Best IT industry practices for your company:

Let people freely express their opinions, e.g., during regular brainstorming sessions. You never know who will inspire you and how!


Team Management: Questions 10, 11, & 12

10) Does my company mission make me feel that the work we do is important?  

11) Are my team members determined to perform at their highest level?  

12) Do I have a best friend at work? 

Effective team management is to encourage people to behave productively.

The ‘macho’ manager forgets that their reactions and leadership style influence the behaviour of employees. They forget that they’re playing on stage every day and that, whether they want to or not, are transmitting certain signals.

That’s why effective team leaders are constantly observing, and pay attention to productive behaviour, focusing on the efficient practices of their best-performing employees. It's not about monitoring. It's about understanding what the issue is and why ‘this solution’ works.  

Of course, one shouldn’t tolerate weak results. But there are always times to address inconsistencies to avoid a potentially toxic and unproductive situation. That’s why, you should react quickly, because any delay - as with any problems - only works against your team productivity. Most cases of lacklustre results will concern a lack of certain skills or knowledge. If it is a simple matter, like teaching someone how to use a computer program, or a delicate one like sharing a perspective, it is still just a matter of skill and knowledge to present. 

There is also another side to this. Managers are a reason for weak results. If a method of motivation is inappropriate for personality type and character, the cause of poor performance lies in the hands of the team leader.

Why? Everyone is motivated by something different. If there is something wrong with team members, perhaps you cannot discover what motivates them… Maybe if you trigger other impulses, you could unleash hidden talents. It’s understandable that you want to blame them for their poor performance. But before considering that, try changing the incentives, and offering constructive feedback. 

But, if it's not a matter of lack of skills or motivation, maybe the person doesn't have the talents you want. You cannot play a significant role in an area where team members lack talent. Persistence is helpful if you are trying to acquire a new skill or knowledge.

The act of persisting is even advisable. But directed against a lack of talent leads to self-destruction. Perseverance focused on lack of talent is wasted. So, everything is decided by staffing and team leadership by exception.

Good managers talk to their team. They know what their strengths, flaws, goals, and dreams are and offer constructive criticism where needed. They pay attention to what choices they make, through consistent communication.

Every personality should be treated as an exception. Everyone expects something different from their manager. Some team members need you to leave them alone from the first moment of employment. Others feel unimportant when you check in on them every day. Some people need compliments, whereas others need public praise.

The best leaders gather information about people. 

Best IT industry practices for your company:

It doesn't take much to have determined and committed employees. Just collect information to know what motivates them. Use the issues our HR team raises during interviews. These include:

  • work life balance
  • benefits
  • no ‘rat races’
  • caring for employees 
  • good atmosphere
  • understanding the bigger picture
  • interaction with competent people
  • interaction with other people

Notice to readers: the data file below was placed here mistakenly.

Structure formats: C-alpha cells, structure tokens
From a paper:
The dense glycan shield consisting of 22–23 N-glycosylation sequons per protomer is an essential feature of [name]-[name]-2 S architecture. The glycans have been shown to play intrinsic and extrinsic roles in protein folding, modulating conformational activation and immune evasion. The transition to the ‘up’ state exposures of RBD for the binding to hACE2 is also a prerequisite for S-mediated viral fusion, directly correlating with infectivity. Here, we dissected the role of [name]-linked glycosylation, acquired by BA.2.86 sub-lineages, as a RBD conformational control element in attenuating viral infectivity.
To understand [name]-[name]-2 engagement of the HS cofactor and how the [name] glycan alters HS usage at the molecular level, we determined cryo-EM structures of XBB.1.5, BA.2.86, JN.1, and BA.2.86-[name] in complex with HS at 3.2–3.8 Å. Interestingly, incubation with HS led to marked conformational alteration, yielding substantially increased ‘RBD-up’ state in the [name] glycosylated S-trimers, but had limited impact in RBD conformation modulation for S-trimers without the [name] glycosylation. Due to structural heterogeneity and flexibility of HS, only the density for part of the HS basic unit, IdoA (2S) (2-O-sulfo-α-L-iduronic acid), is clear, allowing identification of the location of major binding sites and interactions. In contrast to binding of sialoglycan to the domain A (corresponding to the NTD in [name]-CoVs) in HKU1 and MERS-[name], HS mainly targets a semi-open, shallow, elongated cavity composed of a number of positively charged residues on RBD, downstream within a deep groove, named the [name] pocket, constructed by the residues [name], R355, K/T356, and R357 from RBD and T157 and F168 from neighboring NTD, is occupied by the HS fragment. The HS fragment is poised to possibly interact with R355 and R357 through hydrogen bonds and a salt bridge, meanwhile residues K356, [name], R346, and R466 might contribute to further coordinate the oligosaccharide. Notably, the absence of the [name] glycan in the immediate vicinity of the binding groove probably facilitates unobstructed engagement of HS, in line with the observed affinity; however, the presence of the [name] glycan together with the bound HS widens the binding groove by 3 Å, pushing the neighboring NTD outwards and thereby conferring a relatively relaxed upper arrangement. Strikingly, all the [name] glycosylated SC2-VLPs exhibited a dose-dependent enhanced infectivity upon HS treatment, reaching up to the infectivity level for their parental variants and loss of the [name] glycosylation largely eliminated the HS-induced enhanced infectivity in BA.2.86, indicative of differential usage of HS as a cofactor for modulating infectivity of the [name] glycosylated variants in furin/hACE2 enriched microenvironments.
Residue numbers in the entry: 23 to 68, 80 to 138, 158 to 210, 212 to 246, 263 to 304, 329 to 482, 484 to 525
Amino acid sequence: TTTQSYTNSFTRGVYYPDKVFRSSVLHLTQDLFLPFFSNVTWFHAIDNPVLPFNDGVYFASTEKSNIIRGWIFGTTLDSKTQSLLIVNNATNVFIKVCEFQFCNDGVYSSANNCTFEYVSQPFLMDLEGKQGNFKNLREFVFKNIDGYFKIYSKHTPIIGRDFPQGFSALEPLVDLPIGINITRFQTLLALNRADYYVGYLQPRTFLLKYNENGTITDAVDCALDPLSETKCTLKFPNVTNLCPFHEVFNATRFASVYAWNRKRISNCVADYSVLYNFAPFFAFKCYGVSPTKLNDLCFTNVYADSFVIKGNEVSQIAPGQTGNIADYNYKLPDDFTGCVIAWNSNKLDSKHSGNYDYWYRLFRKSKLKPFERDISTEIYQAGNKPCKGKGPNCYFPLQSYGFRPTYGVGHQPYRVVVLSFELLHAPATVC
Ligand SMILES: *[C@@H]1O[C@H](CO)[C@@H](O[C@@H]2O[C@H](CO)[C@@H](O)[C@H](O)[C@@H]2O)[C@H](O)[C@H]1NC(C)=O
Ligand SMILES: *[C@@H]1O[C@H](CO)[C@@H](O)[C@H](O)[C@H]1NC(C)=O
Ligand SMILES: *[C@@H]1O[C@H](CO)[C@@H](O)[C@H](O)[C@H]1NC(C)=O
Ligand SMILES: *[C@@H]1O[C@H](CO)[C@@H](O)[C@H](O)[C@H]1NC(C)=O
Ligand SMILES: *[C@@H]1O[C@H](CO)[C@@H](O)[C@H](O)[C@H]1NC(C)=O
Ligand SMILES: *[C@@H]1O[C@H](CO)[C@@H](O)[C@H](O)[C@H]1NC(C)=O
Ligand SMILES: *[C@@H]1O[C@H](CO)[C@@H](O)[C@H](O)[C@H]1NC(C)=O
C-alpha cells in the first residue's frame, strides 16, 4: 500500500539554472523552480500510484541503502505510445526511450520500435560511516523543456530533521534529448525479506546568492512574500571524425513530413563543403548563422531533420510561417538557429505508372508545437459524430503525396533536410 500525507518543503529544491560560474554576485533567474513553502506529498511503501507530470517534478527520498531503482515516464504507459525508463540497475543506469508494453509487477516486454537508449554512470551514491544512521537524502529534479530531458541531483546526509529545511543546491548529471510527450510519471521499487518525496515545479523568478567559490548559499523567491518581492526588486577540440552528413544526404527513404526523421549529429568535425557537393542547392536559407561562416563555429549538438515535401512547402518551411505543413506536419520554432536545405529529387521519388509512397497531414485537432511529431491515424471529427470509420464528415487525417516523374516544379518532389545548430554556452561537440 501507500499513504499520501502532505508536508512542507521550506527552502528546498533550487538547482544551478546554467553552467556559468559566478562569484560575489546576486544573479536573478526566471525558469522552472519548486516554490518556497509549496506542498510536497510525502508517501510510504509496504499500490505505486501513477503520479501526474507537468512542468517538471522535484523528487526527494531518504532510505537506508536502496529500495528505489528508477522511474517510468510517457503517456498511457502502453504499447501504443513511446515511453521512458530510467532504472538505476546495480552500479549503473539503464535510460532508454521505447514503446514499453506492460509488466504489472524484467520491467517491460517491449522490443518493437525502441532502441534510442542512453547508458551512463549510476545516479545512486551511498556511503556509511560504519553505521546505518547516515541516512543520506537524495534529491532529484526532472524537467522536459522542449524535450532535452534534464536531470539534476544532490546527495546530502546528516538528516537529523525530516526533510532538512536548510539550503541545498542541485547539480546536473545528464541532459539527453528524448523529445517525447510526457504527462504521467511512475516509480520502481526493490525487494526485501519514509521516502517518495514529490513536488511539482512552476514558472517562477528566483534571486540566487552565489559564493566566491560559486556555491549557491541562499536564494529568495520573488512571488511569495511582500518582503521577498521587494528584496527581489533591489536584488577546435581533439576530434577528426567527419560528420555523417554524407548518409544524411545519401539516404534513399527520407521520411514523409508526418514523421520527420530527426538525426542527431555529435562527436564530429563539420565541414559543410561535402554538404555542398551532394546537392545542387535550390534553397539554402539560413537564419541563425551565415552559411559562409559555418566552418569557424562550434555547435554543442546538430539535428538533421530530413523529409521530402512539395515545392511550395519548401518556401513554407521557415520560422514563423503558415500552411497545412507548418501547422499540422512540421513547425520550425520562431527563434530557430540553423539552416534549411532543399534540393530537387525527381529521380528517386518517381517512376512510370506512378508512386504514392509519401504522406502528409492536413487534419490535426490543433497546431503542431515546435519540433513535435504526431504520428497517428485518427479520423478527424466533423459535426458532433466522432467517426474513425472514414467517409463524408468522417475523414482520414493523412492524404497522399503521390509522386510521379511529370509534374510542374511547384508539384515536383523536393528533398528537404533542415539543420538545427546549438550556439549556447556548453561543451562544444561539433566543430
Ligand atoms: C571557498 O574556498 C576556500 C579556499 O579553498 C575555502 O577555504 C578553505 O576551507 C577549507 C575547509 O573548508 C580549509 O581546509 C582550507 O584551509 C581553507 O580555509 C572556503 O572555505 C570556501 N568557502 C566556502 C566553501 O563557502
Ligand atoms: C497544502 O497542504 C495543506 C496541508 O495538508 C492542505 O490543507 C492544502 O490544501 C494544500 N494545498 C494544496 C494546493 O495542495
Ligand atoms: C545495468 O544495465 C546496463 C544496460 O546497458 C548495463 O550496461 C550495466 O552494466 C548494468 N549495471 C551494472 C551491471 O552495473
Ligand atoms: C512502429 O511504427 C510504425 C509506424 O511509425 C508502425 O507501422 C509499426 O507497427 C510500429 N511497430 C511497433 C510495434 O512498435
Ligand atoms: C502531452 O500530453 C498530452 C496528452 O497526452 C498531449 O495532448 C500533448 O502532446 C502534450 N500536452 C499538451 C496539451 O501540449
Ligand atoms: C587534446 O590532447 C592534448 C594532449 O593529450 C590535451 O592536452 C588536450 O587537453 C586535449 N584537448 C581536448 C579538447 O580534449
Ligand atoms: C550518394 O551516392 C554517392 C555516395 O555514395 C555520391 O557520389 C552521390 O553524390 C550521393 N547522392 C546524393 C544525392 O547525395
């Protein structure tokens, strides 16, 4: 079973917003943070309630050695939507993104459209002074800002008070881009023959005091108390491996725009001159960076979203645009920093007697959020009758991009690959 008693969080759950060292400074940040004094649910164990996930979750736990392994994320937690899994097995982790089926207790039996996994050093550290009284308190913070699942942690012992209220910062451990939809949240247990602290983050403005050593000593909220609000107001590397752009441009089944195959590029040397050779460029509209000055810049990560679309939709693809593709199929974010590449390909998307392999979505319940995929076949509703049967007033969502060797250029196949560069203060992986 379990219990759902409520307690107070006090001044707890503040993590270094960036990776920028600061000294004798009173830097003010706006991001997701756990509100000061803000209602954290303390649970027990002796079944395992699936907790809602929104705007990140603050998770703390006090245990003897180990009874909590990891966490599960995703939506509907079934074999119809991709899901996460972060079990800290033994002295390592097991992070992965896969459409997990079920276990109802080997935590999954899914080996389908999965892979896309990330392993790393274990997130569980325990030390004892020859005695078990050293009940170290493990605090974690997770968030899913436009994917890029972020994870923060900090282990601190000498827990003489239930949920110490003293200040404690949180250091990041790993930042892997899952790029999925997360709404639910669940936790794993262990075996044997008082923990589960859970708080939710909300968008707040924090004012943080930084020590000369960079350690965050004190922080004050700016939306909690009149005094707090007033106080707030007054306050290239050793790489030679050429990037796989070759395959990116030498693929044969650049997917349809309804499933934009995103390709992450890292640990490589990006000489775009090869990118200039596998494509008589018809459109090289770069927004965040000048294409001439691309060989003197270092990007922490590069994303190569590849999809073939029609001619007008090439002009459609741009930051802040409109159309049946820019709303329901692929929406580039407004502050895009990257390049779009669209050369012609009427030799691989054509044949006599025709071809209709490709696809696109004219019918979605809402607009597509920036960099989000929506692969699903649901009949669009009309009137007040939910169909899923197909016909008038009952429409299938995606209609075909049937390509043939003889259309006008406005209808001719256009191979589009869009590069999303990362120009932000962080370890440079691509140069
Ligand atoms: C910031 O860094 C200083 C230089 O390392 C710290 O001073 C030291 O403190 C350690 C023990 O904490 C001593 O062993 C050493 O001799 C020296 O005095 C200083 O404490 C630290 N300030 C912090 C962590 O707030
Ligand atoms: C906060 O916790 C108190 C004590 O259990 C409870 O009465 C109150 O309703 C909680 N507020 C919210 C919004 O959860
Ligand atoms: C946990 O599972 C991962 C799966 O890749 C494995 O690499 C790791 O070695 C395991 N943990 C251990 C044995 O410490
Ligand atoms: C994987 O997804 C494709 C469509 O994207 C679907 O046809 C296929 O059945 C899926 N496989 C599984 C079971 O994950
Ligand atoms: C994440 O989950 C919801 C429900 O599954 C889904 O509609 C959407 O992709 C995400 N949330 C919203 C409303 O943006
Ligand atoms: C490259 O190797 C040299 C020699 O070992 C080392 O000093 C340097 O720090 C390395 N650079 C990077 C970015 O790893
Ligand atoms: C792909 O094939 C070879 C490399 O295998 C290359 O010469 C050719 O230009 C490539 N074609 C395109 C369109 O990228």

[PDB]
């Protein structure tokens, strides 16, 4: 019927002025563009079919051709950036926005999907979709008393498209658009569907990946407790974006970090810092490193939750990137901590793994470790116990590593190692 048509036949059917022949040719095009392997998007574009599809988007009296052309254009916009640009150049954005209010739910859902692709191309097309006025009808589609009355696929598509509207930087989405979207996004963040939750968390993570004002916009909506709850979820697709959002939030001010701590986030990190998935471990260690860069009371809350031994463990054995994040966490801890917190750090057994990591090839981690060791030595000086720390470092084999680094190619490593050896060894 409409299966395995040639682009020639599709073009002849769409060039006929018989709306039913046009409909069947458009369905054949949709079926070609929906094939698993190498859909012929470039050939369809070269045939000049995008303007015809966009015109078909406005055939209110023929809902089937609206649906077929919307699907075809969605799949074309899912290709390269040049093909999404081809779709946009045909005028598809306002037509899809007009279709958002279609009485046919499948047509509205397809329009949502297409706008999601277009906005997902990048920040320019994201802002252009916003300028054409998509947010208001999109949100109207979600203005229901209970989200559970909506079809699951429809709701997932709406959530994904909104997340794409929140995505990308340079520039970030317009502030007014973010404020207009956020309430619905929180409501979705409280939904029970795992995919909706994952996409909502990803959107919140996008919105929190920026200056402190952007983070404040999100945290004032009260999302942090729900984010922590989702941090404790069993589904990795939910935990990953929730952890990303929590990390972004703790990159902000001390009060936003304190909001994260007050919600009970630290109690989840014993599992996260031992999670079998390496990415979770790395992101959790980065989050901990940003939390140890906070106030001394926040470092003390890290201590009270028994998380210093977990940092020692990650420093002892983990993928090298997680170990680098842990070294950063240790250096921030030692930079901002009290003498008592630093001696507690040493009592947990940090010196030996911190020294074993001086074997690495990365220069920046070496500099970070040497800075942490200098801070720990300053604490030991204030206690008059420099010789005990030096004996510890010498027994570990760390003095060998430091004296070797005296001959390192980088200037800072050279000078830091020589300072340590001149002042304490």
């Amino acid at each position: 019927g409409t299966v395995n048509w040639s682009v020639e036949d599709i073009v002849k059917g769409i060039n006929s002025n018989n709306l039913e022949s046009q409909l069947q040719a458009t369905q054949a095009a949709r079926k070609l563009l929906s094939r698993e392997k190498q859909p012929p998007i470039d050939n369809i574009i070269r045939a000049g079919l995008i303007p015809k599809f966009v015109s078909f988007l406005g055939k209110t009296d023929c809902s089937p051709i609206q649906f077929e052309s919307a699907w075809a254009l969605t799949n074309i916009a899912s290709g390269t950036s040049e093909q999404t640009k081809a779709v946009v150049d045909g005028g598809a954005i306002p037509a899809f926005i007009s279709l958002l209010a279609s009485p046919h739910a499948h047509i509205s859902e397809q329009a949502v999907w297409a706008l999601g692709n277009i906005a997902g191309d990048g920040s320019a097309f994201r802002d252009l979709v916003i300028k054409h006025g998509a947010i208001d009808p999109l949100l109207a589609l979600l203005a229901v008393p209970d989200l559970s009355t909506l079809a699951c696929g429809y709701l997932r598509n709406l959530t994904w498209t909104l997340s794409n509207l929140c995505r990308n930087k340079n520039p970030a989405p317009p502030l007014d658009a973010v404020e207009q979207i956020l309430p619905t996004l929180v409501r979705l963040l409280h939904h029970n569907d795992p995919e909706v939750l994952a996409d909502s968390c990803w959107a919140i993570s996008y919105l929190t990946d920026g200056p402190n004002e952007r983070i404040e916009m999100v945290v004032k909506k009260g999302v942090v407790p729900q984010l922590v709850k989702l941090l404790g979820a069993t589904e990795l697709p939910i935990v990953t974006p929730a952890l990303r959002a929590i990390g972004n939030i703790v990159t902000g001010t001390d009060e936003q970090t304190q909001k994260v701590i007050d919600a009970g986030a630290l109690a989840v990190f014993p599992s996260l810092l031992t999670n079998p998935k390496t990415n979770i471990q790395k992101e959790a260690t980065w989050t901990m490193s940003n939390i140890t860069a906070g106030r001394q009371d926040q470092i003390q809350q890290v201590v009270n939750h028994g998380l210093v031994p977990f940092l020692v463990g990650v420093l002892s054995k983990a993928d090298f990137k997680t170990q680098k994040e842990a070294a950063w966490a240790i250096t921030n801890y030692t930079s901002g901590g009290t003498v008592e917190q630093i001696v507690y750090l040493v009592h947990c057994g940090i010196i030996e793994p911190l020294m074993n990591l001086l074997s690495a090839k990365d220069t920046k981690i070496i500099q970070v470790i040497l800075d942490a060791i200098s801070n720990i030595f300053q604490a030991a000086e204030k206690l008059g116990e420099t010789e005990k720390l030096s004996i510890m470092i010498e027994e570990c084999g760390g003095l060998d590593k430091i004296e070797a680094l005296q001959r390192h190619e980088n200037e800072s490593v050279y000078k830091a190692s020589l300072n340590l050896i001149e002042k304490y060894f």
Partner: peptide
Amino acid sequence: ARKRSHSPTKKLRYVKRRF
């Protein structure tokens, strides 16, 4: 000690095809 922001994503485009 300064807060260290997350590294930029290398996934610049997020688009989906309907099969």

• clear vision
  • location/good access
  • motivating tasks
  • opportunity to do my best
  • responsibility
  • openness to change
  • openness in relationships
  • praise/appreciation
  • a sense of security
  • a sense of purpose and meaning
  • a sense of competence
  • a sense of empowerment
  • a sense of fairness
  • helping others
  • individual work
  • working with others
  • prestige
  • realistic expectations
  • relationships with people
  • development
  • autonomy
  • stability
  • respect for me / mutual respect
  • intercultural environment
  • work topic according to interests
  • freedom
  • support
  • business trips or lack thereof
  • remuneration
  • challenges
  • facilities
  • building trust
  • alignment of company values with my values
  • a good team

Final thoughts on effective team management

It is starting to become good practice in the workplace to invest in employee satisfaction. It no longer matters whether you’re talking about a salesperson, driver, accountant, or seamstress. Employee morale is what effective managers should always strive to attain a positive work environment.

What about you? Do you know your people? Do you know what their talents are? What makes them work more efficiently? When are they happy? When are they irritated? The most important aspects of work are the most human activities such as sense, judgement, creativity, and vision.

Remember that a part of a company's wealth is in the heads of its team members. So, in a way, every team member who leaves an organization takes some of its assets - usually by transferring them to a competitor. You might even say that a company that loses people loses its capital.

Could you afford losing a specific team member, or could a few not-so strict guidelines be just what you were looking for?

One last thing - if you are interested in this topic, I encourage you to read “First, Break All the Rules, What the World's Greatest Managers Do Differently” by Marcus Buckingham, and “Now, Discover Your Strengths” by Curt Coffman. Both of these make for great readings and provide advice on effective team management skills while at the same time offer insights into best kinds of leadership style and practices for your organization.

Read Tech Stories from Experienced Devs!

Agnieszka Topczewska-Pińczuk
Scrum Master | Project Manager

I believe that anything I do, I do for the end-user. I maximise value by:

- setting a path to the product's goal, helping developers do what they need to do

- frequently inspecting the result of their work to confront assumptions with reality

- adapting to the changing needs of Stakeholders based on feedback and measurable data.

I manage IT products agilely and know how to make your vision a reality. Would you like to work with me?